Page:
Ziada described how Hamas’ Oct. 7 terror attack and Israel’s response had allowed “extremist Islamist voices to rise back up to the surface,” and, she said, they are “leading public opinion.”
“It’s as if everything we have been fighting against in Egypt… the Muslim Brotherhood, the Salafists… for the past decade has disappeared,” she explained, referring to the post-Arab Spring struggle in the most populous Arab country that allowed the extremist government of Mohamed Morsi to rise to power before it was overthrown by the more moderate regime of current Egyptian leader, President Abdel Fattah el-Sisi.
While el-Sisi has maintained ties with Israel on the diplomatic and economic levels, Ziada said that fierce opposition to Israel’s current war in Gaza was taking public opinion in “Egypt in a very, very dangerous direction.” She said that even liberal Egyptians viewed Hamas’ Oct. 7 massacre of some 1,200 Israelis, mostly civilians, as a legitimate form of resistance.
“The Hamas massacre was a test that made everyone in the region show their true skin, including states like Egypt, even though it claimed to have good relations with Israel – overnight the Egyptian president changed from being supportive and a friend of Israel to speaking about Hamas as a resistance group and refusing to back Israel’s war against Hamas.”
Ziada said it was the same for the Abraham Accords countries, which normalized relations with Israel in 2020.
“They are all ignoring the whole thing as if Israel is not at war and as if Israel does not need their support,” she said. “They should be supporting Israel because it is fighting a war on behalf of the entire region.”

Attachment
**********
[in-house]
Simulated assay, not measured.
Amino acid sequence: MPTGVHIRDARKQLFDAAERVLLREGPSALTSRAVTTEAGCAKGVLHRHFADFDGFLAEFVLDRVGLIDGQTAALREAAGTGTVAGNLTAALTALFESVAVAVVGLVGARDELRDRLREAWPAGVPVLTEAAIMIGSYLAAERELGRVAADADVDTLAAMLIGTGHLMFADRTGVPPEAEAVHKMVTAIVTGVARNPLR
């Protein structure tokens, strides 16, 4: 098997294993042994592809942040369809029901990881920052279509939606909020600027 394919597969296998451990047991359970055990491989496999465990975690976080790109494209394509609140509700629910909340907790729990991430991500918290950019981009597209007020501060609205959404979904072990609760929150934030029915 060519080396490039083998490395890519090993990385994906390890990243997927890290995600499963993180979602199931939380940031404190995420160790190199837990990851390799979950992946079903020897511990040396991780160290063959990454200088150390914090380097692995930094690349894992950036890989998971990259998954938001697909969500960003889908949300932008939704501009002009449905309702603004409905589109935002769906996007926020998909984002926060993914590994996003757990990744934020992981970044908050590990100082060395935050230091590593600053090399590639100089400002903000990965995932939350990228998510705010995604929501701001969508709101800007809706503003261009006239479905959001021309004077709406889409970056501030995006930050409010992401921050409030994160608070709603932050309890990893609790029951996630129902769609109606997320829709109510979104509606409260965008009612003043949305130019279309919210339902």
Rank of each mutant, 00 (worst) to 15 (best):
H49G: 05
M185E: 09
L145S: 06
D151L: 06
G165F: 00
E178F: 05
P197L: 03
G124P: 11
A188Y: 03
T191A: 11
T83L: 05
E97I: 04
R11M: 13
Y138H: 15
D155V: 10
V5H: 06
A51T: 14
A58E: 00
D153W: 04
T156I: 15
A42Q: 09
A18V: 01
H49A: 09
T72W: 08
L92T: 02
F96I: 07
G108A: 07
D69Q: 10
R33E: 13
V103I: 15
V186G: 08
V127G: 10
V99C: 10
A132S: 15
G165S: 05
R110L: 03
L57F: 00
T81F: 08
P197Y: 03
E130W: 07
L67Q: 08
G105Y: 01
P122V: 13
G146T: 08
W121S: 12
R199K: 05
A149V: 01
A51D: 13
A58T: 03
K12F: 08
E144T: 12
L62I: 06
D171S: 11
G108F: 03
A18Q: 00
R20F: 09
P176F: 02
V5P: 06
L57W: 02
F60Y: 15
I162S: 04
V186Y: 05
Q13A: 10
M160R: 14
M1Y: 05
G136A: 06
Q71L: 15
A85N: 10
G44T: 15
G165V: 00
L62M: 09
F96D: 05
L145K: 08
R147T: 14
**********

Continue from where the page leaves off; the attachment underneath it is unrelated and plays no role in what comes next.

“This is a war against terrorism,” Ziada continued. “And Israel is saving the region from the terrorism of Hamas in Gaza, Hezbollah in Lebanon, the Houthis in Yemen, and all these terrorist organizations.”
“Everyone should be backing Israel now,” she said. “Unfortunately, none of them are.”
Ziada said the lack of support for Israel on a state level and the criticism of the Jewish state by so-called liberals and moderates in the region stemmed from the different layers embedded in the Israeli-Palestinian conflict.
She said the Israel-Palestinian conflict should not be viewed simply as a battle between two groups of people but as part of the broader conflicts between the Arab world and Western powers and between Islam and Judaism, as well as through a local political lens.
In Egypt, Ziada pointed out, el-Sisi’s popularity had been nosediving prior to Oct.7 because of the country’s deep economic woes and political repression. The Egyptian president, she said, is now presenting himself as a champion of the Palestinian cause because that is a popular view on the street; the situation is similar in Jordan, where King Abdullah II and particularly his wife, Queen Rania, have used the war to boost support among their population.
For Ziada, however, speaking out against Hamas and in support of Israel was a natural progression of her years involved in multifaith initiatives, she said. And, despite her now uncertain living situation and future, she told JI she does not intend to stay silent.
“I believe that regardless of our religious background or national background or our affiliations in general, we all belong to the same human family and when there is an evil group like Hamas that is trying to destroy our humanity, then we need to speak up against them,” she said.
“How can anyone with a conscience just disregard this or say that just because it happened to the Jews, then it’s acceptable – that’s insane,” Ziada said. “I feel it is my responsibility to stand up for the Jewish people and I won’t be silenced.”
“My plan is to continue writing, to continue posting things on social media, to continue speaking up in the media,” she said. “While I still have my voice, I will continue to stand up for the rights of the Jewish people and will back Israel in its war against Hamas.”